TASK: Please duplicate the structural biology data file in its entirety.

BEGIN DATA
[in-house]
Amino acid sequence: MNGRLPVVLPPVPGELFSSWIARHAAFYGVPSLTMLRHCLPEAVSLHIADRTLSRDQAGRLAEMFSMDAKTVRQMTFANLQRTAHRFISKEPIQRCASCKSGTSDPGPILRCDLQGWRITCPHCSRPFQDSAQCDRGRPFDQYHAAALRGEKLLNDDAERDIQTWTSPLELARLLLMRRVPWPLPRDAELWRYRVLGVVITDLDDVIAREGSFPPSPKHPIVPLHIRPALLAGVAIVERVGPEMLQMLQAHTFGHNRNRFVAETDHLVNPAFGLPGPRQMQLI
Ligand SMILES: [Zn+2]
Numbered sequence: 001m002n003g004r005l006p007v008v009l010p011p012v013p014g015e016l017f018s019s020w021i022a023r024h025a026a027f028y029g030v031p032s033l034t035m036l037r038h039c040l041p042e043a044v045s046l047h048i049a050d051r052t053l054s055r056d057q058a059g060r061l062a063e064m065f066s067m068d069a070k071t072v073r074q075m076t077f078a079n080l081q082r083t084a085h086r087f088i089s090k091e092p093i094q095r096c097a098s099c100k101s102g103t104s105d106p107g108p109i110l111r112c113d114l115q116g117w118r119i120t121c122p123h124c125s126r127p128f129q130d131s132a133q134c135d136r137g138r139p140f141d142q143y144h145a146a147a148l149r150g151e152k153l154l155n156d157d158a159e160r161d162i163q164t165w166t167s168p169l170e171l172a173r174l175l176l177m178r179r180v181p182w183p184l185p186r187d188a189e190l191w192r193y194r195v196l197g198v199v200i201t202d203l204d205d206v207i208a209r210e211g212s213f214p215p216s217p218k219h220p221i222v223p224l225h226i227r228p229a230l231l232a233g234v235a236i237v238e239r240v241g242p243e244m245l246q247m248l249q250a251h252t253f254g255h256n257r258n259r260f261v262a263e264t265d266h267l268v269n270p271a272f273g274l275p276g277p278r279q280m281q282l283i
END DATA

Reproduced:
[in-house]
Amino acid sequence: MNGRLPVVLPPVPGELFSSWIARHAAFYGVPSLTMLRHCLPEAVSLHIADRTLSRDQAGRLAEMFSMDAKTVRQMTFANLQRTAHRFISKEPIQRCASCKSGTSDPGPILRCDLQGWRITCPHCSRPFQDSAQCDRGRPFDQYHAAALRGEKLLNDDAERDIQTWTSPLELARLLLMRRVPWPLPRDAELWRYRVLGVVITDLDDVIAREGSFPPSPKHPIVPLHIRPALLAGVAIVERVGPEMLQMLQAHTFGHNRNRFVAETDHLVNPAFGLPGPRQMQLI
Ligand SMILES: [Zn+2]
Numbered sequence: 001m002n003g004r005l006p007v008v009l010p011p012v013p014g015e016l017f018s019s020w021i022a023r024h025a026a027f028y029g030v031p032s033l034t035m036l037r038h039c040l041p042e043a044v045s046l047h048i049a050d051r052t053l054s055r056d057q058a059g060r061l062a063e064m065f066s067m068d069a070k071t072v073r074q075m076t077f078a079n080l081q082r083t084a085h086r087f088i089s090k091e092p093i094q095r096c097a098s099c100k101s102g103t104s105d106p107g108p109i110l111r112c113d114l115q116g117w118r119i120t121c122p123h124c125s126r127p128f129q130d131s132a133q134c135d136r137g138r139p140f141d142q143y144h145a146a147a148l149r150g151e152k153l154l155n156d157d158a159e160r161d162i163q164t165w166t167s168p169l170e171l172a173r174l175l176l177m178r179r180v181p182w183p184l185p186r187d188a189e190l191w192r193y194r195v196l197g198v199v200i201t202d203l204d205d206v207i208a209r210e211g212s213f214p215p216s217p218k219h220p221i222v223p224l225h226i227r228p229a230l231l232a233g234v235a236i237v238e239r240v241g242p243e244m245l246q247m248l249q250a251h252t253f254g255h256n257r258n259r260f261v262a263e264t265d266h267l268v269n270p271a272f273g274l275p276g277p278r279q280m281q282l283i